12. It's still storming outside. Breathing heavily, Hudson lowers himself into an easy chair and looks around Robbins' home. It's wall-to-wall bookshelves. Hudson doesn't like being here, but he's a bit of a captive audience. There's an uncomfortable silence. On a table near his chair, Hudson picks a medal off a display case. Also on the display case, is a plaque of some kind that clearly reads something like: "ROBBINS RECEIVES PURPLE HEART", but Hudson still asks what it is. Eventually, we get the idea that Robbins lost his sight in the war. (Vietnam? Korea? How old do we want Robbins to be? If we want him to be the same (biological) age as Hudson, we should go with Korea.) Hudson points to his one blind eye, which was also injured in battle. (Against the Archmage in episode #11, but Hudson won't go into details.) The two old warriors have made a connection. Now they can become friends. Robbins asks Hudson what he does. Hudson says he's...still a soldier. Robbins is a novelist. Or he used to be, before he ran out of ideas. He did have a few minor successes. Maybe Hudson's heard of them. Hudson doesn't read much, but he's shocked that the blind Robbins can read and write. Robbins is borderline insulted. Hasn't Hudson heard of braille? Hudson hasn't. Robbins is surprised. He hands Hudson a braille book (one that he wrote). Hudson runs his fingers over the bumps. Robbins then hands him the same book in standard English. Hudson lets slip that the bumps mean as much to him as the chicken scrawl. Robbins puts two and two together. And we find out that Hudson can't read.
13. In the harbor, near dawn, The VTOL searches for some clue. Broadway asks Macbeth what all the fuss is about. Who was this Merlin guy? Just another stupid magician. Macbeth tells him who Merlin was. Tells him about what he, Arthur and Guinevere created. Maybe he quotes Tennyson or Muir. But he's eloquent and evocative, and Broadway listens with rapt attention, perhaps (do we dare?) even visualizing Macbeth's words with hazy images. When Macbeth finishes Broadway says with awe: "You describe it like you were there..." Macbeth tosses off his reply (he doesn't realize the effect he's had on Broadway): "I'm old, but not THAT old. Obviously, I read about it in books." But Broadway can't help repeating to himself: "But you describe it like you were there..."
14. Back at the castle, Goliath and co. have obviously, found nothing of value. It won't be long til sunrise and they dare not stay much longer. Owen enters with the early morning edition under his arm. He's deduced what they're after from the news story. Suggests that the VTOL described in the article has more in common with the kind of vehicle that Macbeth is wont to drive. (Goliath feels like big dumb jerk. But there's no time to fight about it.) Goliath, Brook and Lex leave.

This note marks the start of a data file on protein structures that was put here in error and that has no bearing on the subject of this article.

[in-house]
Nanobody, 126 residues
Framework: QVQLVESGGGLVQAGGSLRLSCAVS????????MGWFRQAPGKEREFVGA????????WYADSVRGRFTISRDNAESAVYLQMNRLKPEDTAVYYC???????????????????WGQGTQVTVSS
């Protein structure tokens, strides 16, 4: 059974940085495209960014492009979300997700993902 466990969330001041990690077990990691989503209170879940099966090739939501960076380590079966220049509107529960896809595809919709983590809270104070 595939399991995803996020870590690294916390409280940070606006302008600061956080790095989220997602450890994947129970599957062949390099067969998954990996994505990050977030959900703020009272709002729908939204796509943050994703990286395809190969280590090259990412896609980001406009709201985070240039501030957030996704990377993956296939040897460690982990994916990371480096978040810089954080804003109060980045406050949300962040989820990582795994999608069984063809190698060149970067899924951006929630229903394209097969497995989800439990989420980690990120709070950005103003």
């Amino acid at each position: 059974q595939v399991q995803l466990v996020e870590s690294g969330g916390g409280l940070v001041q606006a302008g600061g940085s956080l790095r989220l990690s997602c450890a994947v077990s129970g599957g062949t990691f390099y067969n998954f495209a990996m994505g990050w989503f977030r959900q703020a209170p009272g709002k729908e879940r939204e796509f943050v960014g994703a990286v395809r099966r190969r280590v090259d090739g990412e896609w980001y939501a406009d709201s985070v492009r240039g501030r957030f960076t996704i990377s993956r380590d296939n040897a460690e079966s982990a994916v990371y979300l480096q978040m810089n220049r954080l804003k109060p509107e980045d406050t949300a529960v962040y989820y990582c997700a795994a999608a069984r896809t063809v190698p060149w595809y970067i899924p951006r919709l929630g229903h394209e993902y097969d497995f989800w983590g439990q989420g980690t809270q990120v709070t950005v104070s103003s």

15. Hudson: "I'm too old to learn to read now." Robbins: It's never too late. I had to learn to read all over again, learn to read braille after I was blinded. Hudson: Who would teach me? He's ashamed to tell his friends he doesn't know how. Robbins offers to teach him, but makes the point that Hudson should only be ashamed to continue his illiteracy. There's no shame in learning -- ever. Hudson doesn't respond.
The storm is breaking and dawn approaches. Hudson, still hurt, gets up to leave. Robbins is afraid he's gotten too preachy. But Hudson insists he must go. He goes to the terrace. Takes his place among the gargoyles. Turns to stone, still clutching the scroll container. The dog barks. Robbins calls out to his new friend. But there's no sound, no movement. He doesn't know how Hudson got away so fast, but he did.
16. On the VTOL, Broadway, still in chains, has turned to stone. Macbeth spots the gargoyles of Robbins' terrace. He orders Banquo to head that way.
17. Robbins and his dog hear a noise on the terrace. He calls out "Hudson?", but the dog is growling and he knows Hudson isn't there. It's a man named Lennox Macduff, who claims to be a friend of Hudson's; he's looking for him. Robbins is suspicious. But Macduff is very polite and leaves without incident. What Robbins doesn't see is that Macduff slips the container out of Hudson's stone hand.
18. Sunset. Hudson bursts free. But the scroll container is gone. The noise has again brought Robbins to his terrace. Hudson claims that when he left in such a hurry this morning, he must have left something here accidentally. Has Robbins "seen" it? No, but you're friend Lennox Macduff was here, maybe he took it. Hudson knows no Macduff. Robbins isn't too surprised. He thought the name was odd. The two characters who found the dead king in Shakespeare's MACBETH. Hudson: "Macbeth?!!"
And maybe here is where we get the looking up of "Lennox Macduff's" address in the phone book. (Hudson never saw Macbeth's mansion in Episode 8. Goliath, Brook and Lex did.)
19. Inside Macbeth's compound Macbeth is preparing for some magic ceremony thing. There's a flame pit and other magical acoutrements. Broadway's flesh again, but still bound by heavy chains now anchored to the floors. He'll be Macbeth's guinea pig for trying out Merlin's spells. He starts to open the first scroll.
20. Outside the compound, Hudson is reunited with Goliath, Brook and Lex. They briefly exchange info. Then they attack. But Banquo and Fleance are ready. They're on turret mounted laser cannons that turn and twist like the ones on the Milennium Falcon (or something like that).
21. Macbeth tries to open the first scroll. It has been magically sealed, but a simple spell can break it open.
22. Goliath, Hudson, Brooklyn and Lex defeat Banquo and Fleance. They head inside.